Conference Coverage

Large genetic cohort supports NfL as Alzheimer’s biomarker



– Neurofilament light, or NfL, is an increasingly studied biomarker of axonal damage across a range of neurodegenerative diseases, including Alzheimer’s disease. And because it is a biomarker that can be measured in blood, it is a less invasive measure of disease progression in Alzheimer’s than cerebrospinal fluid markers.

At the Alzheimer’s Association International Conference, scientists studying the world’s largest cohort of early-onset Alzheimer’s families presented results from a cross-sectional and longitudinal study of more than 2,000 carriers and noncarriers of a single Alzheimer’s-causing mutation (Presenilin 1 E280A) that occurs in an extended Colombian family.

While previous studies have also looked at NfL in cohorts of autosomal dominant mutation carriers, this study strengthens evidence for NfL as an Alzheimer’s biomarker in the largest single-mutation cohort to date.

Yakeel Quiroz, PhD, of Harvard University in Boston and colleagues reported that, in a cross-sectional study of 1,070 mutation carriers and 1,074 noncarriers aged 8-75 years (mean age, 29-30 years; 46% male), mean plasma NfL levels were elevated in cognitively unimpaired carriers (18.08 pg/mL), compared with noncarriers (9.09 pg/mL; P less than .0001).

Longitudinal data from 504 of those carriers and noncarriers showed that NfL levels begin to diverge significantly between the groups at age 22, more than 2 decades before the mean onset of mild cognitive impairment for this cohort (44 years). The between-group differences in NfL continued to widen with advancing age.

“At approximately age 22, the axons, the neurons are already changing, and this measure serves as an early sign of degeneration,” Dr. Quiroz said in an interview. “This is really telling us about neurodegeneration related to Alzheimer’s disease because these are people destined to develop Alzheimer’s dementia later in life and have no age-related comorbidities that could cause elevation in NfL.”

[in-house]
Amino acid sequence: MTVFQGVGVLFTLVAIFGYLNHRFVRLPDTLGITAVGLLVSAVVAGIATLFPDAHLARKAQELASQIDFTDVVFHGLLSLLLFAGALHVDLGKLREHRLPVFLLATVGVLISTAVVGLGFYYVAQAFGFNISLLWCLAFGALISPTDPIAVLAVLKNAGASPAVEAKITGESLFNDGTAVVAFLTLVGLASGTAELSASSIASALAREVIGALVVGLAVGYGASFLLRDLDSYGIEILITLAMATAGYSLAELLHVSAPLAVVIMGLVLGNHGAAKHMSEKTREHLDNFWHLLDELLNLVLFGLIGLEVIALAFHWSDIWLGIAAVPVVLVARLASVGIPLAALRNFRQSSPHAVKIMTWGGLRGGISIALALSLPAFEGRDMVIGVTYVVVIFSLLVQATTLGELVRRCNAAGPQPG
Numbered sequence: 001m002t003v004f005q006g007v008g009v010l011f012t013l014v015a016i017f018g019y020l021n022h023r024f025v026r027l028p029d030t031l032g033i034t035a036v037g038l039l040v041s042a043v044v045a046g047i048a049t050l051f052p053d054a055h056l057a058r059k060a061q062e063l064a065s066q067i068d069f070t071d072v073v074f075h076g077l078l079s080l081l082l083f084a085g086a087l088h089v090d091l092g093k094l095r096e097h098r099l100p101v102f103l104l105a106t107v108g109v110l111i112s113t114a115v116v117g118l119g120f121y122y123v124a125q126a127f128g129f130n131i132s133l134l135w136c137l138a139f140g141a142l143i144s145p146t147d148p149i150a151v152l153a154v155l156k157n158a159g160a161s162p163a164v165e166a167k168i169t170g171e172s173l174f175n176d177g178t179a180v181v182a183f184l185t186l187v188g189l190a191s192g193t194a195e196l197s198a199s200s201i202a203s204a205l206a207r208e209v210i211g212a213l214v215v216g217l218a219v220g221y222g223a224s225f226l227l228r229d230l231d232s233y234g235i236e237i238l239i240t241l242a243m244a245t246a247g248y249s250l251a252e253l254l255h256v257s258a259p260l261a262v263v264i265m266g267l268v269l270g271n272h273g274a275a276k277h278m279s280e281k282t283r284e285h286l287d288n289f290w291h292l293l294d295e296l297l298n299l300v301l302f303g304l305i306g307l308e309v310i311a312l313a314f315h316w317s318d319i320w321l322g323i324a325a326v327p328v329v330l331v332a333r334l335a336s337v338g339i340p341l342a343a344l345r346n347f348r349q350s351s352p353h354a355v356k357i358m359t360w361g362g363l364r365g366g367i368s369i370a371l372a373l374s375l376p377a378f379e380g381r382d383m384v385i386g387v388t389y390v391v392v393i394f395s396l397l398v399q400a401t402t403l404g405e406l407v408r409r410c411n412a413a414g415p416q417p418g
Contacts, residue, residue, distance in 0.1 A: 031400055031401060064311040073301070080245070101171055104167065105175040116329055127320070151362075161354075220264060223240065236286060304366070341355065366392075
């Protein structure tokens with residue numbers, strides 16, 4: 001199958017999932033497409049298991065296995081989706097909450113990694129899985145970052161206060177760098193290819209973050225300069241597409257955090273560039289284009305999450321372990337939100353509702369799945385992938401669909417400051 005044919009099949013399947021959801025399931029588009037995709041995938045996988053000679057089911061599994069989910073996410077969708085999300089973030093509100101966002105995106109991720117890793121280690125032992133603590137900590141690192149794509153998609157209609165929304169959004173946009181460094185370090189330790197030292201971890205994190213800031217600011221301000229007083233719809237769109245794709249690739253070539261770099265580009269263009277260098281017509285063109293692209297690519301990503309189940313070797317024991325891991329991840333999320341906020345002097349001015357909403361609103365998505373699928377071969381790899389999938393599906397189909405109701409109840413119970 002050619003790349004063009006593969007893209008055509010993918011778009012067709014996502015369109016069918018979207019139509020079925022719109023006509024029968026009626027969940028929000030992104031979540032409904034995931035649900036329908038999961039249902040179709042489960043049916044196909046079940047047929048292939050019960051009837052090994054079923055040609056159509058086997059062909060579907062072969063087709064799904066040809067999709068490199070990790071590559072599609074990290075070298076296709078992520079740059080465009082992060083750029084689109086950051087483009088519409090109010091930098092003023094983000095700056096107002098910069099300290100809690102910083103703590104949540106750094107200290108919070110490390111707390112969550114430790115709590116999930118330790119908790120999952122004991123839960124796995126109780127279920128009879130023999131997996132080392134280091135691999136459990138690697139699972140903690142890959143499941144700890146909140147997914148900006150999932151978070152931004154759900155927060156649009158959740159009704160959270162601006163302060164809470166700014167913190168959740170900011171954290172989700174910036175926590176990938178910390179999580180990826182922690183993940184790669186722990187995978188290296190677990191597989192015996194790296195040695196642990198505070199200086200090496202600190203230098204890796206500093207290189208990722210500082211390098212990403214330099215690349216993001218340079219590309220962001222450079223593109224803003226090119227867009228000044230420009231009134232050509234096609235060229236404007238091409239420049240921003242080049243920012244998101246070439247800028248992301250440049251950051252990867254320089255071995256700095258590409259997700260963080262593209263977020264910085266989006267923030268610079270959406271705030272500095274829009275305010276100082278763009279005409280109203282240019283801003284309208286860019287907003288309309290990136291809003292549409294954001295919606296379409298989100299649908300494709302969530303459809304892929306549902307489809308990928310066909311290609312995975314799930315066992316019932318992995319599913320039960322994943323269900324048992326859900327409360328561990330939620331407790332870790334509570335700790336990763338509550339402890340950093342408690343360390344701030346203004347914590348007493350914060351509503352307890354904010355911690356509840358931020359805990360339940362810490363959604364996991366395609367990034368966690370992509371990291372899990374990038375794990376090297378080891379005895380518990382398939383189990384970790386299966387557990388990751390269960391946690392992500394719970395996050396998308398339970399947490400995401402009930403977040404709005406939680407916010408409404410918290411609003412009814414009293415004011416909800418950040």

A study published early this year in a different cohort of about 400 autosomal dominant Alzheimer’s disease mutation carriers and noncarriers found that the longitudinal rate of change of serum NfL could discriminate carriers from noncarriers almost a decade earlier than cross-sectional absolute NfL levels – at 16 years and 7 years, respectively, before expected onset of symptoms (Nat Med. 2019 Feb;25[2]:277–83).

In Dr. Quiroz and colleagues’ study, both cross-sectional and longitudinal findings showed carriers to significantly differ from noncarriers by age 22 years. “We’re seeing differences between groups that reach statistical significance earlier” – decades, in this case, before onset of symptoms, Dr. Quiroz said. The current study is distinguished by its exceptional power, she said: “No one has done this with such a large number of carriers with a single genetic mutation.”

Dr. Eric Reiman

Eric Reiman, MD, of Banner Alzheimer’s Institute in Phoenix, the coauthor on the study who presented the findings to the conference, commented in an interview that they illustrate “the opportunity for fluid biomarkers to be used in trials.”

Dr. Reiman cautioned, however, that the NfL measurements are likely a more useful measure of preclinical neurodegeneration in genetic early-onset Alzheimer’s than in late-onset or sporadic disease, which represents the lion’s share of Alzheimer’s cases.

“In autosomal dominant Alzheimer’s disease, these [NfL] changes really go up – probably more so than in late onset,” he said.

Dr. Reiman said these cohort findings add to growing interest in less-invasive biomarkers for Alzheimer’s, both in research and clinical practice. “If NfL is already elevated as a marker of active neurodegeneration, in early phase trials you might think about looking to it as a proof of concept – so where in 6-12 months you can see reductions [in NfL].”

Dr. Reiman added that “there will be other fluid biomarkers coming down the pike that will be exciting as well, and which people will learn a lot more about in the next few months.”

Dr. Quiroz had no disclosures related to her findings. Other authors on the study, including Dr. Reiman, have received research support and/or consulting fees from pharmaceutical manufacturers.

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